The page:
In an unprecedented discovery, scientists have discovered an atmosphere around a planet outside our solar system.
It’s called GJ 1132b. GJ is in orbit around a red dwarf star 39 light years away. It’s a little bit bigger than Earth, with a radius of 1.4 times more and 1.6 Earth masses.
When they first discovered it, they called it a potential Venus because it’s a rocky world with a high surface temperature, hot enough to melt lead.
Like Venus, this exoplanet also has an atmosphere, but composed of different elements.
Researchers have discovered atmospheres in gas giants, Jupiter sized exoplanets, and super-Earths, 8 times the mass of Earth, this is the first time they’ve seen one around an Earth sized planet.
By studying exoplanet atmospheres, they hope to be able to determine if they can support life as we know it on Earth.
Although it’s not proof of life, it certainly an important step towards it.
Astronomers didn’t see the planet directly. They measured the way the star light dipps when the exoplanet passed in front of it, which happens every 1.6 Earth days.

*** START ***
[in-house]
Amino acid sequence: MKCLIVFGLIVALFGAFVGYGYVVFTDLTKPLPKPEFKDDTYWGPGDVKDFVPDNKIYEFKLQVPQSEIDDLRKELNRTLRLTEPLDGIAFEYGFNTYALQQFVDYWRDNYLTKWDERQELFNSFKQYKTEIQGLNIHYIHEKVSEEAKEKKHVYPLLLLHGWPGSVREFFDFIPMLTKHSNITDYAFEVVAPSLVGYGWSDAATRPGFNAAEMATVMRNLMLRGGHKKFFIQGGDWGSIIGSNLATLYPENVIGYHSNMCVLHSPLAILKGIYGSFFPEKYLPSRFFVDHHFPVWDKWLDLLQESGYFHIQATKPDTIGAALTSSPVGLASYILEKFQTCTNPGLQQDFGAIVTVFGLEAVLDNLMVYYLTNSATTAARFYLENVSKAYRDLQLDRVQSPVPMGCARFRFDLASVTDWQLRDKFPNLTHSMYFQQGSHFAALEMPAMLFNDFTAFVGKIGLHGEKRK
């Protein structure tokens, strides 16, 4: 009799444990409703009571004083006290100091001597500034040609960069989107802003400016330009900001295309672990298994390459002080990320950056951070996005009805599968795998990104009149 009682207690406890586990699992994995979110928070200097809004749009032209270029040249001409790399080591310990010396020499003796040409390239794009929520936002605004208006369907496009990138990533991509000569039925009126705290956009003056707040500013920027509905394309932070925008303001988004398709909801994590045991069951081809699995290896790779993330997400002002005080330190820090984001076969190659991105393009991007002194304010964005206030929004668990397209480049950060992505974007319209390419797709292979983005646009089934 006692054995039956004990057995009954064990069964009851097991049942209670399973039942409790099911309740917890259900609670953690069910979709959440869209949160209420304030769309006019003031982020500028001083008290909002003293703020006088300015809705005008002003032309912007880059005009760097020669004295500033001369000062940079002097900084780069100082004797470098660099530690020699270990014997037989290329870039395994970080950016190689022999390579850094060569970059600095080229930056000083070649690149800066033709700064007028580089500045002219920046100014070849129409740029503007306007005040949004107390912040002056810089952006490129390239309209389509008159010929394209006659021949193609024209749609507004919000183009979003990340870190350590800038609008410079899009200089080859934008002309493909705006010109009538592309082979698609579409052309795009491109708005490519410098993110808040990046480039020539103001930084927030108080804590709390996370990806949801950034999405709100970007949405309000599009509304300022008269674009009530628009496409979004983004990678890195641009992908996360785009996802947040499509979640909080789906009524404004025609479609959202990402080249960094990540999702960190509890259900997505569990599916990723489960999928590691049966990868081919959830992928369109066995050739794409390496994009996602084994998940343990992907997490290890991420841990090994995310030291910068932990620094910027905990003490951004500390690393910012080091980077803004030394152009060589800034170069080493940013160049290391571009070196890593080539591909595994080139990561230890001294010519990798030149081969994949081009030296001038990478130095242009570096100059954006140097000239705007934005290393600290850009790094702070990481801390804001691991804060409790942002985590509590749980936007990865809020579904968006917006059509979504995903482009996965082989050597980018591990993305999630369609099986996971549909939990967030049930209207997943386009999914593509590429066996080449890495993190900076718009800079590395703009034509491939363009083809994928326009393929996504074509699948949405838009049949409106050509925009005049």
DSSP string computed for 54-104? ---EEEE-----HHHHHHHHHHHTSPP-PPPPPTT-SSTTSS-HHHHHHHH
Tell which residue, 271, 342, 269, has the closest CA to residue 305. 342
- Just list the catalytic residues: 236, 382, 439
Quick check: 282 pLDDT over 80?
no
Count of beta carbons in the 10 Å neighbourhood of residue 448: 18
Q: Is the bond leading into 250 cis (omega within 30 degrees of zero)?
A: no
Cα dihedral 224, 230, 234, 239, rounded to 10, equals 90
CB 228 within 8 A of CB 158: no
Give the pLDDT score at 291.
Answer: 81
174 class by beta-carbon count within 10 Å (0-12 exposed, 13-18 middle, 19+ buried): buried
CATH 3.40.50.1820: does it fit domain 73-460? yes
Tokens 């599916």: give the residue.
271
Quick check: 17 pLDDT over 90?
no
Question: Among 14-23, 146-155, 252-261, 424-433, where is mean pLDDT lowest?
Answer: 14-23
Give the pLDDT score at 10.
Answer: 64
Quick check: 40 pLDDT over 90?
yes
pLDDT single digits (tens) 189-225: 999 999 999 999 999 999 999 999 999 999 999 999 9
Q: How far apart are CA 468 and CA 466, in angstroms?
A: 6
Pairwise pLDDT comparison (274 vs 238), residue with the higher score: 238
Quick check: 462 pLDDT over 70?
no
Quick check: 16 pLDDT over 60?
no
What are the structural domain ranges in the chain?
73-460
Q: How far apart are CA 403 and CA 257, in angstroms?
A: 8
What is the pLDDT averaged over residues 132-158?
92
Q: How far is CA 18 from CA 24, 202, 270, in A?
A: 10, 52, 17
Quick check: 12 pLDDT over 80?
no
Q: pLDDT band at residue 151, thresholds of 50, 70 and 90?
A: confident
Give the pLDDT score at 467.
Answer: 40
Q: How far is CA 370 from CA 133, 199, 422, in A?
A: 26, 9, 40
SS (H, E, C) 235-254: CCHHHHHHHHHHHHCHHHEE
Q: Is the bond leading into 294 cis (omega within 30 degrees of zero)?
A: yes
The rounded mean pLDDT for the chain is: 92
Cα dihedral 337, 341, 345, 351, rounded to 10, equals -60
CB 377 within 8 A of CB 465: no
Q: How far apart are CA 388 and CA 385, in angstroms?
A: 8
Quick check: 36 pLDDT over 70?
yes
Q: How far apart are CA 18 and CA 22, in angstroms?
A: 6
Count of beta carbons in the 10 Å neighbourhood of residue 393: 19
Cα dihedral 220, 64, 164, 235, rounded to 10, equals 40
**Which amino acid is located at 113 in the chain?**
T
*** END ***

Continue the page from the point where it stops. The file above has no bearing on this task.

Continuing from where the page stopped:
The odd thing is that when this exoplanet passes in front of it’s sun, one of the wavelengths dipps more than the others.
Earth’s atmosphere is mostly nitrogen with a lot of oxygen, and Venus is a essentially a runaway greenhouse effect, made up mostly of carbon dioxide. GJ 1132b has an atmosphere rich in water vapour or methane. It could be a hot steamy water world.
What’s really cool is that the type of star it’s orbiting is the most common in our galaxy, and happens to be 20 of the 30 nearest stars to Earth.
These star types are very active, and send flares and streams of particles smashing into nearby planets. But, if this planet can be so close and still have an atmosphere, then it means there may be a lot of habitable worlds in the Universe.
Telescopes are going to zoom in to study GJ 1132b, including Hubble, the European Space Agency’s Very Large Telescope, and next years James Webb Space Telescope.
Thank You for reading.